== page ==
Thus, the democratic and progressive coalition that powered the victory would have to remained engaged and mobilized not only to bend the needle in a progressive and social democratic direction, but also to keep the right at bay. While differences and struggle over the scope and pace of reform would inevitably surface, the accent across the Democratic Party and democratic coalition should still remain on unity and united action. Any idea that the various currents in the Democratic Party and the democratic coalition should turn into warring factions on the day after the elections with each one vying for dominance over the other would amount to a self inflicted wound, while providing space for a revival of a defeated Republican Party and white nationalist authoritarianism.
But I’m getting ahead of myself. The immediate challenge is, first of all, to further assemble a grand coalition of voters, stretching from Colin Powell and the Lincoln Project to Joe Biden and Kamala Harris to Bernie Sanders, Elizabeth Warren, and Angela Davis. We don’t need small-circle thinking at this dangerous political juncture.
Second, a special approach to the young and people of color as well as the battleground states is imperative. And no segment of voters should be taken for granted. The tent has to be as big as the answers to today’s multiple crises have to be bold.
Third, contest Trump’s core campaign message of racism and law and order.
Fourth, mobilize, protect, and prevent the suppression of the vote.
Fifth, guarantee a full count of the vote. And urge people to vote in person, if they can. But also, insist that the high volume of mail-in ballots be counted before any final results are announced.
Sixth, resist and block any attempt by Trump to claim victory before the vote is fully counted. According to most experts, it could appear on election night that Trump is the winner, even though he is actually the loser when all the votes are counted.
Finally, be ready to march. In view of Trump’s recent behavior, it isn’t out of the question that he may lose the election, but refuse (with a lot of help from his friends) to concede defeat. In this event, an aroused people peacefully marching for democracy and demanding the honoring of the election’s results is absolutely imperative. And even if he does concede the election, Trump will still hold presidential power and the Republicans a Senate majority until Inauguration Day in late January. This interregnum has the potential to be volatile, destabilizing, and dangerous. Here too millions should be prepared for any eventuality and ready to act accordingly to defend democracy, the rule of law, and the election results.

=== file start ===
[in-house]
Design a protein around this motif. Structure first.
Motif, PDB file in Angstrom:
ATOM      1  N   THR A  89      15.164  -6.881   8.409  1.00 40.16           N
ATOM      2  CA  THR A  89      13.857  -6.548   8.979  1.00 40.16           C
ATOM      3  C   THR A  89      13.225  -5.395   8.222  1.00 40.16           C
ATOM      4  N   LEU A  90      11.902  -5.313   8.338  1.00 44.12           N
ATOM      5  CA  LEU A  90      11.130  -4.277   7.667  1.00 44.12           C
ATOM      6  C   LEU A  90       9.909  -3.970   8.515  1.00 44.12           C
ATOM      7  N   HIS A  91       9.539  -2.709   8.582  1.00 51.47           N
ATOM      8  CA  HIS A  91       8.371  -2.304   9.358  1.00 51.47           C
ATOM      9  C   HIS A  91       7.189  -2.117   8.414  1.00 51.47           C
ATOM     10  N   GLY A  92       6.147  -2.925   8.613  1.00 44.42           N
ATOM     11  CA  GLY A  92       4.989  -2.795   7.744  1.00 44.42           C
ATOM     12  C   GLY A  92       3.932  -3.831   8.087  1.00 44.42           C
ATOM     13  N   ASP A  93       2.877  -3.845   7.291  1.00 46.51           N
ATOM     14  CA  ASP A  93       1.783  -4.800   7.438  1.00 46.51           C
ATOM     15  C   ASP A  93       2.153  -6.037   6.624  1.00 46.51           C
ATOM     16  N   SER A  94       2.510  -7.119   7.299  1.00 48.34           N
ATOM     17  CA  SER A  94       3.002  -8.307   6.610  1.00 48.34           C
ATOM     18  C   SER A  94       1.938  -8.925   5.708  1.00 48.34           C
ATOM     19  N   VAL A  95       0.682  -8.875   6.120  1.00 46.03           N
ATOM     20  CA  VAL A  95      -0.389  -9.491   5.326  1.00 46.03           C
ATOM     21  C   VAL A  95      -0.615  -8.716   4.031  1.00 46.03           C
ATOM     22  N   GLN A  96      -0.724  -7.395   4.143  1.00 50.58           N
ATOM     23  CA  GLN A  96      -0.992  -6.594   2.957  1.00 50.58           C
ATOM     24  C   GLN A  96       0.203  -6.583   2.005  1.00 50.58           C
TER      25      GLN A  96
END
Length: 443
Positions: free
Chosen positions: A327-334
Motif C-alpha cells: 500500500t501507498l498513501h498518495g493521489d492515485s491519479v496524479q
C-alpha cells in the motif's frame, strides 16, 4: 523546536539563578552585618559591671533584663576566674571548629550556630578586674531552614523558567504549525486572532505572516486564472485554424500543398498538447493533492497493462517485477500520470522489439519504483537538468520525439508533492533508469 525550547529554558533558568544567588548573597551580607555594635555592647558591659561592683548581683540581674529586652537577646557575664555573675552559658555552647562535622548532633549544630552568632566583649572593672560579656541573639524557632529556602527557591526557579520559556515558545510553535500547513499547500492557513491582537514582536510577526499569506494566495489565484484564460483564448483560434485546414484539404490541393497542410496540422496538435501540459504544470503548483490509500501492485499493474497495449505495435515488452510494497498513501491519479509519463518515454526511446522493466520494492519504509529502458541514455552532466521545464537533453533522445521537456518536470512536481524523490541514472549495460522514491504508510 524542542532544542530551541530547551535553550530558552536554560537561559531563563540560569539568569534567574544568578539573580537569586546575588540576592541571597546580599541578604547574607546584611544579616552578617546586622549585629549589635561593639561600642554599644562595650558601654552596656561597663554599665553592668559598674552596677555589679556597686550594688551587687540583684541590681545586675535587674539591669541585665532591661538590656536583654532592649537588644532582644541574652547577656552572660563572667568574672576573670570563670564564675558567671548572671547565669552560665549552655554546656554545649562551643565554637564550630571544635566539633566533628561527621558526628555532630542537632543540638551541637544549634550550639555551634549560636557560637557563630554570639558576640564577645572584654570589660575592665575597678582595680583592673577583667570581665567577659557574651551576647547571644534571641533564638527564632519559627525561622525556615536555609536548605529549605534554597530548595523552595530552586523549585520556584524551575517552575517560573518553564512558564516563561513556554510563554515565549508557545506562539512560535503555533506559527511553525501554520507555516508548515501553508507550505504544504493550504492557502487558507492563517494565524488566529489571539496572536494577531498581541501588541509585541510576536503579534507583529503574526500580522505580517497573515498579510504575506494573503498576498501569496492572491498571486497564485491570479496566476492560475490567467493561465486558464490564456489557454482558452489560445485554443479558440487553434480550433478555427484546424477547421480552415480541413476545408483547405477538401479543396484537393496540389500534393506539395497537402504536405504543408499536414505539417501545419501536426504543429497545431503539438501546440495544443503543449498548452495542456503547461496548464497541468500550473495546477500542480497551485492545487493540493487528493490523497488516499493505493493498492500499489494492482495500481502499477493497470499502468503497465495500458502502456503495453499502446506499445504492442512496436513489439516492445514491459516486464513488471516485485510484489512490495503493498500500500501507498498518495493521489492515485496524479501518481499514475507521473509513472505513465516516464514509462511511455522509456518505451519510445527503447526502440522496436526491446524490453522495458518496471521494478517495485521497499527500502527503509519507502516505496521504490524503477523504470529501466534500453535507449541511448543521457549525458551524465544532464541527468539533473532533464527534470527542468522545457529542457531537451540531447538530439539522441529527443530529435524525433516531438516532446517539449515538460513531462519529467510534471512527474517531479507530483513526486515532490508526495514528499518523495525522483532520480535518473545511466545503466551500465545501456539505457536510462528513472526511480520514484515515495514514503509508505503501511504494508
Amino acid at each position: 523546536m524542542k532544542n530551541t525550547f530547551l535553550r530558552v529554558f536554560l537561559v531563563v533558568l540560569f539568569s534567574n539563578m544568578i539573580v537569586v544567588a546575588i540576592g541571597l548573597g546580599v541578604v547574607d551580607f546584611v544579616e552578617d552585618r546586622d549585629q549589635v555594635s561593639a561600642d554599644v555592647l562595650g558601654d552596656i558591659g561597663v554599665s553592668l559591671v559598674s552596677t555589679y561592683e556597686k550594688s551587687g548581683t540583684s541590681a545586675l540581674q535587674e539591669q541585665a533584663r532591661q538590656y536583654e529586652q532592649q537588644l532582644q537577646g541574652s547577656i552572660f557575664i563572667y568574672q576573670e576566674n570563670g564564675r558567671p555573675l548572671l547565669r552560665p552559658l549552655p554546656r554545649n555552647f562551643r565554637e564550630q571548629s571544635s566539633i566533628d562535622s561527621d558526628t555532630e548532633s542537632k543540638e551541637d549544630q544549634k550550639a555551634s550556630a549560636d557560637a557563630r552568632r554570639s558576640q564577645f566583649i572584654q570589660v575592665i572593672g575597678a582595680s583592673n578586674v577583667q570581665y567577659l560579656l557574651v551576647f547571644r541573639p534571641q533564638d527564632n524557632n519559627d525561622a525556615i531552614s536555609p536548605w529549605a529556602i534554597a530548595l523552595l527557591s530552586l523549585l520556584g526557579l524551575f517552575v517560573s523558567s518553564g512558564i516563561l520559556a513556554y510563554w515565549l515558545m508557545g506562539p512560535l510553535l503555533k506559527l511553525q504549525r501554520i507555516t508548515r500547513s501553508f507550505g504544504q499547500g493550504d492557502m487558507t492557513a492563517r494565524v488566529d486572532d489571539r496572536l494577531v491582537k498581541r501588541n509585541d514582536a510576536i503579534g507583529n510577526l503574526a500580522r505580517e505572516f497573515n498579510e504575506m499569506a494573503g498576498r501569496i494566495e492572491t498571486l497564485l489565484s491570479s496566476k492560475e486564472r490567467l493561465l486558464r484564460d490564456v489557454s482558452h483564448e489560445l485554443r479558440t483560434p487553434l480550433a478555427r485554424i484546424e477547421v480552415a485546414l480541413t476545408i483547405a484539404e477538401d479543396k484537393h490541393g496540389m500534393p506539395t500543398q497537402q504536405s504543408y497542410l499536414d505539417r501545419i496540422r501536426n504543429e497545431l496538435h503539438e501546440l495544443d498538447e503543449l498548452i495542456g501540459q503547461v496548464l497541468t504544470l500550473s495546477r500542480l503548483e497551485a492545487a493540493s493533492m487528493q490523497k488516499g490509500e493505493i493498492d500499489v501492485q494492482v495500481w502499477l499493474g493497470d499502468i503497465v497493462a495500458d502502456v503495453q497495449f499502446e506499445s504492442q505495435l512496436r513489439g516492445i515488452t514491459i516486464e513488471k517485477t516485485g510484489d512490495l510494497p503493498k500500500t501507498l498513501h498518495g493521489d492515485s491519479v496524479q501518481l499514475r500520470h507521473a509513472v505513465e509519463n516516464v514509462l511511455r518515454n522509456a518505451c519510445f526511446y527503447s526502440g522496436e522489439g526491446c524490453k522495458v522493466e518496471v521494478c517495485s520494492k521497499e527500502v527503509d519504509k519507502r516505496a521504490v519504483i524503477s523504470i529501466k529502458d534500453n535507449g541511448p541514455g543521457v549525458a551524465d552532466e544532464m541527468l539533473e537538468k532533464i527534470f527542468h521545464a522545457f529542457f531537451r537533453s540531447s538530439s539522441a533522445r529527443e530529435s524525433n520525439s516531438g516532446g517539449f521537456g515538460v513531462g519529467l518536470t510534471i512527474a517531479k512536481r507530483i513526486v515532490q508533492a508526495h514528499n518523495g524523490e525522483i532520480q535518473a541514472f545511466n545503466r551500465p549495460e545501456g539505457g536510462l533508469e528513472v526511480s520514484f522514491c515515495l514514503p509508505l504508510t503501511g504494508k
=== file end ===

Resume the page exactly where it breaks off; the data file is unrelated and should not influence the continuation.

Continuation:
A Tale of Two Candidates and Parties (Part 1)
In only a few months the status of Trump’s presidency has changed more than it had in the previous three years. Since his election, I thought that it was only a matter of time before people would catch onto the poisonous nature of his presidency. And there have been moments when it seemed the jig was up. But each time I ended up disappointed.
Charlottesville, the Mueller investigation and report, unabashed collaboration with Putin, the caging of infants and children at the border, and the impeachment hearings and subsequent impeachment were moments in Trump’s presidency that, I thought, would greatly weaken if not doom him. But to my surprise each time these moments came and went with negligible movement in public opinion polls and left him sturdy in the White House.
When the House impeached him in mid January, there was blowback, but not so much that he found himself on the ropes and struggling to survive. In fact, when Senate Republicans stood by their man and acquitted him of any wrongdoing, he began a revenge tour. A purge of career government employees and inspector generals critical of him followed.
I found this exasperating and worrisome. What made it worse was the accepted wisdom, according to some, that Trump, notwithstanding his outrageous rhetoric and dictatorial behavior, could ride to a second term on the strength of the economy, voter suppression, an unmatchable war chest, the daily deployment of racism and white grievance politics, and, not least, a hyper-energized base.
Talk about depressing!